author = "Lee, {Mi Jung} and Kwon, {Young Eun} and Park, {Kyoung Sook} and Kee, {Youn Kyung} and Yoon, {Chang Yun} and Han, {In Mee} and Han, {Seung Gyu} and Oh, {Hyung Jung} and Park, {Jung Tak} and SeungHyeok Han and TaeHyun Yoo and Kim, {Yong Lim} and Kim, {Yon Su} and Yang, {Chul Woo} and Kim, {Nam Ho} and Shin-Wook Kang",
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Glycemic control modifies difference in mortality risk between hemodialysis and peritoneal dialysis in incident dialysis patients with diabetes : Results from a nationwide prospective cohort in Korea. / Lee, Mi Jung; Kwon, Young Eun; Park, Kyoung Sook; Kee, Youn Kyung; Yoon, Chang Yun; Han, In Mee; Han, Seung Gyu; Oh, Hyung Jung; Park, Jung Tak; Han, SeungHyeok; Yoo, TaeHyun; Kim, Yong Lim; Kim, Yon Su; Yang, Chul Woo; Kim, Nam Ho; Kang, Shin-Wook.

In: Medicine (United States), Vol. 95, No. 11, e3118, 01.01.2016.

Research output: Contribution to journalArticle

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T1 - Glycemic control modifies difference in mortality risk between hemodialysis and peritoneal dialysis in incident dialysis patients with diabetes

T2 - Results from a nationwide prospective cohort in Korea

AU - Lee, Mi Jung

AU - Kwon, Young Eun

AU - Park, Kyoung Sook

AU - Kee, Youn Kyung

AU - Yoon, Chang Yun

AU - Han, In Mee

AU - Han, Seung Gyu

AU - Oh, Hyung Jung

AU - Park, Jung Tak

AU - Han, SeungHyeok

AU - Yoo, TaeHyun

AU - Kim, Yong Lim

AU - Kim, Yon Su

AU - Yang, Chul Woo

AU - Kim, Nam Ho

AU - Kang, Shin-Wook

PY - 2016/1/1

Y1 - 2016/1/1

N2 - Although numerous studies have tried to elucidate the best dialysis modality in end-stage renal disease patients with diabetes, results were inconsistent and varied with the baseline characteristics of patients. Furthermore, none of the previous studies on diabetic dialysis patients accounted for the impact of glycemic control. We explored whether glycemic control had modifying effect on mortality between hemodialysis (HD) and peritoneal dialysis (PD) in incident dialysis patients with diabetes. A total of 902 diabetic patients who started dialysis between August 2008 and December 2013 were included from a nationwide prospective cohort in Korea. Based on the interaction analysis between hemoglobin A 1c (HbA 1c ) and dialysis modalities for patient survival (P for interaction =0.004), subjects were stratified into good and poor glycemic control groups (HbA 1c < or ≥8.0%). Differences in survival rates according to dialysis modalities were ascertained in each glycemic control group after propensity score matching. During a median follow-up duration of 28 months, the relative risk of death was significantly lower in PD compared with HD in the whole cohort and unmatched patients (whole cohort, hazard ratio [HR]=0.65, 95% confidence interval [CI]=0.47-0.90, P=0.01; patients with available HbA1c [n=773], HR=0.64, 95% CI=0.46-0.91, P=0.01). In the good glycemic control group, there was a significant survival advantage of PD (HbA 1c <8.0%, HR=0.59, 95% CI=0.37- 0.94, P=0.03). However, there was no significant difference in survival rates between PD and HD in the poor glycemic control group (HbA 1c ≥8.0%, HR=1.21, 95% CI=0.46-2.76, P=0.80). This study demonstrated that the degree of glycemic control modified the mortality risk between dialysis modalities, suggesting that glycemic control might partly contribute to better survival of PD in incident dialysis patients with diabetes.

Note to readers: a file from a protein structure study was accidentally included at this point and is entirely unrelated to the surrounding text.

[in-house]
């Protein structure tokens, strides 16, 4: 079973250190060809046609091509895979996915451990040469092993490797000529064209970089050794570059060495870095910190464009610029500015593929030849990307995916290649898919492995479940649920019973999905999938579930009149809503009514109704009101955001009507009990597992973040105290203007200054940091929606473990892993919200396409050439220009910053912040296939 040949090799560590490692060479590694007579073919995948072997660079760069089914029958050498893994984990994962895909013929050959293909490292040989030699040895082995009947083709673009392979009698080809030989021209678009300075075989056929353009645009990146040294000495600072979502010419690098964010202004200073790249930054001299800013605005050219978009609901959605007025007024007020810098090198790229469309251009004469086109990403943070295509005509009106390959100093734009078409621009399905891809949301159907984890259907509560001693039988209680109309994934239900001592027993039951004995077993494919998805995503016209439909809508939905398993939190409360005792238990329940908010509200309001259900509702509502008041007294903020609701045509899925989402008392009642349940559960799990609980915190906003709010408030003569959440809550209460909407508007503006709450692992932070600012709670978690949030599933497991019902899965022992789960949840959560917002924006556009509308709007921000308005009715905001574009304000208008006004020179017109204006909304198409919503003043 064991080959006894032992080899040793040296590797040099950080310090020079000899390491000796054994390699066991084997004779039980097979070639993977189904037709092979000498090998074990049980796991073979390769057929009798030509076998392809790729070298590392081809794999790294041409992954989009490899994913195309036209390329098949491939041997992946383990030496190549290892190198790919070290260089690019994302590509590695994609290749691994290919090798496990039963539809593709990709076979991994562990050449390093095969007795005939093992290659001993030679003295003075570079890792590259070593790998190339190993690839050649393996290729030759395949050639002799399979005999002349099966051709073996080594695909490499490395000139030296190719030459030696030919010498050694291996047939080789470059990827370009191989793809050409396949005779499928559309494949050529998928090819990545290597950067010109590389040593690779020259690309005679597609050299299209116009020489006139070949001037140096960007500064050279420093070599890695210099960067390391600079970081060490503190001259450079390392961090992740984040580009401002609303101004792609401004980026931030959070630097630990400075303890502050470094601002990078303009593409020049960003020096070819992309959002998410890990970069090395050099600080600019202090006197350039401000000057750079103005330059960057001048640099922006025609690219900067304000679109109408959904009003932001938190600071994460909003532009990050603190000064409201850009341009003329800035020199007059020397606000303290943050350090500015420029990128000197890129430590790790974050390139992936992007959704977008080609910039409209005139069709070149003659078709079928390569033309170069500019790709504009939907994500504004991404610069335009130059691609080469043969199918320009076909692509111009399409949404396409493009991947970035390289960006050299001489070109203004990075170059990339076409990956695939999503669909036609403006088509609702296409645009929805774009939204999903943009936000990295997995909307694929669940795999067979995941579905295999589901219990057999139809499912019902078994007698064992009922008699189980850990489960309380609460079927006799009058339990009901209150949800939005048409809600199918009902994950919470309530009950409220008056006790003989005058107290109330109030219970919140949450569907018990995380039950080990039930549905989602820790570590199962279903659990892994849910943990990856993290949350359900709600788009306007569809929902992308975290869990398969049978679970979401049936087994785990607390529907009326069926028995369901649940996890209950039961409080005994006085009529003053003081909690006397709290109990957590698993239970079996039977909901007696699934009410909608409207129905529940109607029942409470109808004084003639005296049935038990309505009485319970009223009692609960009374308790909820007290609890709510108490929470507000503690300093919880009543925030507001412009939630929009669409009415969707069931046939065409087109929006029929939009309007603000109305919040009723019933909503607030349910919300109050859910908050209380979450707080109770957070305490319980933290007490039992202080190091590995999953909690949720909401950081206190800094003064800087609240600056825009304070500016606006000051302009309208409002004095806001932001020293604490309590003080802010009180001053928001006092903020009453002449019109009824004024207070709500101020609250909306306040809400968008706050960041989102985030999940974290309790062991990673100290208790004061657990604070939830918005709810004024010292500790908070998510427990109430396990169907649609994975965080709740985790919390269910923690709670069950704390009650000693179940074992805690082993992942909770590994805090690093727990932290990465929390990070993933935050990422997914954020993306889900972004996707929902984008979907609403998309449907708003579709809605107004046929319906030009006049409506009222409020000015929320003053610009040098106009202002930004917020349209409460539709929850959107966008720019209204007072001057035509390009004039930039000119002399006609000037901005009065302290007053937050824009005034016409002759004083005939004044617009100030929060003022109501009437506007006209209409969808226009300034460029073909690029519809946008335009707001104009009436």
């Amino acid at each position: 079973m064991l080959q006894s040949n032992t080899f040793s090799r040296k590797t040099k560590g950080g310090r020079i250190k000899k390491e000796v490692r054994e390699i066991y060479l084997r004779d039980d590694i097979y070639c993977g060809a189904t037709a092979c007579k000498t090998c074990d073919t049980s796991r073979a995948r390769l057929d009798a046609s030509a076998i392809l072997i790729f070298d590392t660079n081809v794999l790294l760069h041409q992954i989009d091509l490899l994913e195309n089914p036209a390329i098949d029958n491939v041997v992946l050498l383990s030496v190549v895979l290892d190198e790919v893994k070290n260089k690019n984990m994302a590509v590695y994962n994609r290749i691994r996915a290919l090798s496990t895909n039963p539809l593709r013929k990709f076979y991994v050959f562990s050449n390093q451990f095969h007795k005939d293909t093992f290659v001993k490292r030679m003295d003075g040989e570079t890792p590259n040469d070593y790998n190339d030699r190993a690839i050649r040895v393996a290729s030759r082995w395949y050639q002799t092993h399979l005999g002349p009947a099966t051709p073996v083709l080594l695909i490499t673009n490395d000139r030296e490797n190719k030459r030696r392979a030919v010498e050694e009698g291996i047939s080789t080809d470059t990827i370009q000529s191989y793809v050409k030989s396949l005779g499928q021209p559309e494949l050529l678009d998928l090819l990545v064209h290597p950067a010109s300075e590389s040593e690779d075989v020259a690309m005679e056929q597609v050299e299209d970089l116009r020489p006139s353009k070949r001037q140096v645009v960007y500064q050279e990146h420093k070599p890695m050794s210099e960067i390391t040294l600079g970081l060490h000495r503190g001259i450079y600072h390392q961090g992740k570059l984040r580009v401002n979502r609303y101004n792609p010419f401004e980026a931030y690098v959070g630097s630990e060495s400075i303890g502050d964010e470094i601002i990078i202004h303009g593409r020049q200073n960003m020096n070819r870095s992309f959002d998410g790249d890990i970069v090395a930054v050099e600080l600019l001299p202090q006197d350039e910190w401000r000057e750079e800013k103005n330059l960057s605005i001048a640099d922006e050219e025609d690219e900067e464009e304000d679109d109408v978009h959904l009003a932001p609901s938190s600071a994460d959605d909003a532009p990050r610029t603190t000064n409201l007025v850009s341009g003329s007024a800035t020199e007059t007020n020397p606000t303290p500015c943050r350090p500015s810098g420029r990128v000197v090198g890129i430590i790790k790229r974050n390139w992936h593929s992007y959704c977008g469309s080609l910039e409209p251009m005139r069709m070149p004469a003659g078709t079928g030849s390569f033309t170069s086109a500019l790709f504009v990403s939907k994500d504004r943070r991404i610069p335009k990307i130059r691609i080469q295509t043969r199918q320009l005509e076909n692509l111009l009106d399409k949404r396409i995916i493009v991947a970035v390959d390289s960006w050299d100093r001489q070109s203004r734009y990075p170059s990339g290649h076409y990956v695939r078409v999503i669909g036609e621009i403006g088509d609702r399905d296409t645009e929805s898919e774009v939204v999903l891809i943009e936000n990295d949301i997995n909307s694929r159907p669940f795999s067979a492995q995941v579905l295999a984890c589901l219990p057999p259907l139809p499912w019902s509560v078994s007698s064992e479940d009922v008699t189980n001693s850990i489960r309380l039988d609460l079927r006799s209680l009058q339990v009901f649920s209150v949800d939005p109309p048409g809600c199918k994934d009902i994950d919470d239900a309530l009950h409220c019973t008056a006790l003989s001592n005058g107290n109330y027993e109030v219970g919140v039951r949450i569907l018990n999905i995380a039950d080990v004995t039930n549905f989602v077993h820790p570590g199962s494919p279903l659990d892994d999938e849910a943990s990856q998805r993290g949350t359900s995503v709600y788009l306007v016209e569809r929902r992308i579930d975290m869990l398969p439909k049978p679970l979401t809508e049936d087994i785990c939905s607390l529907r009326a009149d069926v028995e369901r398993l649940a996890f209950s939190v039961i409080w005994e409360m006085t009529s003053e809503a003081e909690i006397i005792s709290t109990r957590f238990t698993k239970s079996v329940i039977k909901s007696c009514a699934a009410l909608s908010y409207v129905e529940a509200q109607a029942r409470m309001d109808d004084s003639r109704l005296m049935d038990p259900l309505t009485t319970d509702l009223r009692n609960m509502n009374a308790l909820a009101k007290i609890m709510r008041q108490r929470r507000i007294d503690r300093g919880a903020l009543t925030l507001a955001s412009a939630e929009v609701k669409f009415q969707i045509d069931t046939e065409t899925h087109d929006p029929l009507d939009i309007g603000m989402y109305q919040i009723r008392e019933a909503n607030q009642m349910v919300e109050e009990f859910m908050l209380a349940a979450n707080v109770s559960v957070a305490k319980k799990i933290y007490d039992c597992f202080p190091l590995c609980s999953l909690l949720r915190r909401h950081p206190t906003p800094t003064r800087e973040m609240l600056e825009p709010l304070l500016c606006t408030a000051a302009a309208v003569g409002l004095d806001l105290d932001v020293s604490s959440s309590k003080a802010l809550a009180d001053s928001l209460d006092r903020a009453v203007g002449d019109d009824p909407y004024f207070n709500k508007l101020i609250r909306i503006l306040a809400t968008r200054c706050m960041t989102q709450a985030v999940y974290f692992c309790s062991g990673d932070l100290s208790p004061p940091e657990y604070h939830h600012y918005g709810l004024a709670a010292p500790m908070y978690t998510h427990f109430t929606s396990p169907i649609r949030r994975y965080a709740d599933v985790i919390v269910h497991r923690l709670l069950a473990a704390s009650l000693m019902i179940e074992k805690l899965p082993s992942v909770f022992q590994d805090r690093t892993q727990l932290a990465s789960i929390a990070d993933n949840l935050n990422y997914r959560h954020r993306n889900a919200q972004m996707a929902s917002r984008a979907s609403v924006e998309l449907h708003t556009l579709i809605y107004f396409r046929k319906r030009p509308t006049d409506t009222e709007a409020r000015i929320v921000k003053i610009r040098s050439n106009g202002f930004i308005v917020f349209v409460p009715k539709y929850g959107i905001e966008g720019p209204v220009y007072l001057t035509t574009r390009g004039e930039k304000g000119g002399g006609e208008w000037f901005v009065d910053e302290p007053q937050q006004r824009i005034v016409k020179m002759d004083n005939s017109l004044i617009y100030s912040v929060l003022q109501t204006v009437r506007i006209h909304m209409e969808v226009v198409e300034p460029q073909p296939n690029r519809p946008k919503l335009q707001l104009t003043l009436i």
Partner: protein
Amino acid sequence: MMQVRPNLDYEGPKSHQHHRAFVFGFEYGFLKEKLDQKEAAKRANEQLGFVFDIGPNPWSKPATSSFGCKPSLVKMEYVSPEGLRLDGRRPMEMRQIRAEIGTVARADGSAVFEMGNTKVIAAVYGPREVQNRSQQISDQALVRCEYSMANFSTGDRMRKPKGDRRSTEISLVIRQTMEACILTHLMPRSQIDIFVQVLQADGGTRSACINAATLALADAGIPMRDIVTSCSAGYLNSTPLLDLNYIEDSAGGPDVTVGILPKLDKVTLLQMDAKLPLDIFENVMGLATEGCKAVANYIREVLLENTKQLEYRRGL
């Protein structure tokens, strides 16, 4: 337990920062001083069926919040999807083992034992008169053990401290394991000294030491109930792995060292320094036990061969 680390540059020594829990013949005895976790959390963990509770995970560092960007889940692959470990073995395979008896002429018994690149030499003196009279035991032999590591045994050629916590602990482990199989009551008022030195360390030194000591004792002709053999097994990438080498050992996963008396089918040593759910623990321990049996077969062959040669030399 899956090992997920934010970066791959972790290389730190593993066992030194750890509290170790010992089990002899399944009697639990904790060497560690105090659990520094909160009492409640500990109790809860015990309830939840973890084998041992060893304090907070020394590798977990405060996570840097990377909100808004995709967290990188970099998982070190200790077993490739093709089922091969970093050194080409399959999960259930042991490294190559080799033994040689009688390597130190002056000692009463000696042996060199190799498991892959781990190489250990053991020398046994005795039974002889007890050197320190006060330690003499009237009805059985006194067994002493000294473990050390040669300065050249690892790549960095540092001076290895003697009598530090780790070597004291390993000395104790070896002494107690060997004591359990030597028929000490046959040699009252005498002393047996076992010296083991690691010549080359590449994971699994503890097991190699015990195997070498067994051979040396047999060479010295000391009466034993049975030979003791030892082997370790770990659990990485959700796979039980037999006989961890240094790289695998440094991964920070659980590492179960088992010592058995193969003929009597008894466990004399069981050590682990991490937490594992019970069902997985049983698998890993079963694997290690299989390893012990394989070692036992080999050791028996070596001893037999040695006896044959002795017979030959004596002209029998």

AB - Although numerous studies have tried to elucidate the best dialysis modality in end-stage renal disease patients with diabetes, results were inconsistent and varied with the baseline characteristics of patients. Furthermore, none of the previous studies on diabetic dialysis patients accounted for the impact of glycemic control. We explored whether glycemic control had modifying effect on mortality between hemodialysis (HD) and peritoneal dialysis (PD) in incident dialysis patients with diabetes. A total of 902 diabetic patients who started dialysis between August 2008 and December 2013 were included from a nationwide prospective cohort in Korea. Based on the interaction analysis between hemoglobin A 1c (HbA 1c ) and dialysis modalities for patient survival (P for interaction =0.004), subjects were stratified into good and poor glycemic control groups (HbA 1c < or ≥8.0%). Differences in survival rates according to dialysis modalities were ascertained in each glycemic control group after propensity score matching. During a median follow-up duration of 28 months, the relative risk of death was significantly lower in PD compared with HD in the whole cohort and unmatched patients (whole cohort, hazard ratio [HR]=0.65, 95% confidence interval [CI]=0.47-0.90, P=0.01; patients with available HbA1c [n=773], HR=0.64, 95% CI=0.46-0.91, P=0.01). In the good glycemic control group, there was a significant survival advantage of PD (HbA 1c <8.0%, HR=0.59, 95% CI=0.37- 0.94, P=0.03). However, there was no significant difference in survival rates between PD and HD in the poor glycemic control group (HbA 1c ≥8.0%, HR=1.21, 95% CI=0.46-2.76, P=0.80). This study demonstrated that the degree of glycemic control modified the mortality risk between dialysis modalities, suggesting that glycemic control might partly contribute to better survival of PD in incident dialysis patients with diabetes.